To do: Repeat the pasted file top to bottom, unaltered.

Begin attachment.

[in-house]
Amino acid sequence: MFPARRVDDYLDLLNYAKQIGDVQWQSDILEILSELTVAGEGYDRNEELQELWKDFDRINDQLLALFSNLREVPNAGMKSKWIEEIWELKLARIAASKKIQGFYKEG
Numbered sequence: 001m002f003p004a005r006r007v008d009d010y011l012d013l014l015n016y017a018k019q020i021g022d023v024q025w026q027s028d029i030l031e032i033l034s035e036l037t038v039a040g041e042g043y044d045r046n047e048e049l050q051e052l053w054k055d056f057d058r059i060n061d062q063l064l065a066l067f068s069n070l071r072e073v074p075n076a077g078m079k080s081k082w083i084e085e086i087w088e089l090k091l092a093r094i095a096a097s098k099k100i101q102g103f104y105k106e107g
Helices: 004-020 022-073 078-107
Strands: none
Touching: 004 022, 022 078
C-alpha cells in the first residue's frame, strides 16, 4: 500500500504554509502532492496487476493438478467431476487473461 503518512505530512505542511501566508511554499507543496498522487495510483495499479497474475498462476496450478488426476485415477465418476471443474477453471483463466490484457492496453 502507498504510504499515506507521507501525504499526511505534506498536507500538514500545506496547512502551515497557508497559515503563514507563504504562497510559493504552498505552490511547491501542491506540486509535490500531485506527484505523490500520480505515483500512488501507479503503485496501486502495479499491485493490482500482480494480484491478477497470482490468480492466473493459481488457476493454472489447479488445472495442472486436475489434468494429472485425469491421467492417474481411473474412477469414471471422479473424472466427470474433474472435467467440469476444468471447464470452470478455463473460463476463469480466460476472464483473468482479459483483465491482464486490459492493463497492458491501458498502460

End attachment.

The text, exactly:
[in-house]
Amino acid sequence: MFPARRVDDYLDLLNYAKQIGDVQWQSDILEILSELTVAGEGYDRNEELQELWKDFDRINDQLLALFSNLREVPNAGMKSKWIEEIWELKLARIAASKKIQGFYKEG
Numbered sequence: 001m002f003p004a005r006r007v008d009d010y011l012d013l014l015n016y017a018k019q020i021g022d023v024q025w026q027s028d029i030l031e032i033l034s035e036l037t038v039a040g041e042g043y044d045r046n047e048e049l050q051e052l053w054k055d056f057d058r059i060n061d062q063l064l065a066l067f068s069n070l071r072e073v074p075n076a077g078m079k080s081k082w083i084e085e086i087w088e089l090k091l092a093r094i095a096a097s098k099k100i101q102g103f104y105k106e107g
Helices: 004-020 022-073 078-107
Strands: none
Touching: 004 022, 022 078
C-alpha cells in the first residue's frame, strides 16, 4: 500500500504554509502532492496487476493438478467431476487473461 503518512505530512505542511501566508511554499507543496498522487495510483495499479497474475498462476496450478488426476485415477465418476471443474477453471483463466490484457492496453 502507498504510504499515506507521507501525504499526511505534506498536507500538514500545506496547512502551515497557508497559515503563514507563504504562497510559493504552498505552490511547491501542491506540486509535490500531485506527484505523490500520480505515483500512488501507479503503485496501486502495479499491485493490482500482480494480484491478477497470482490468480492466473493459481488457476493454472489447479488445472495442472486436475489434468494429472485425469491421467492417474481411473474412477469414471471422479473424472466427470474433474472435467467440469476444468471447464470452470478455463473460463476463469480466460476472464483473468482479459483483465491482464486490459492493463497492458491501458498502460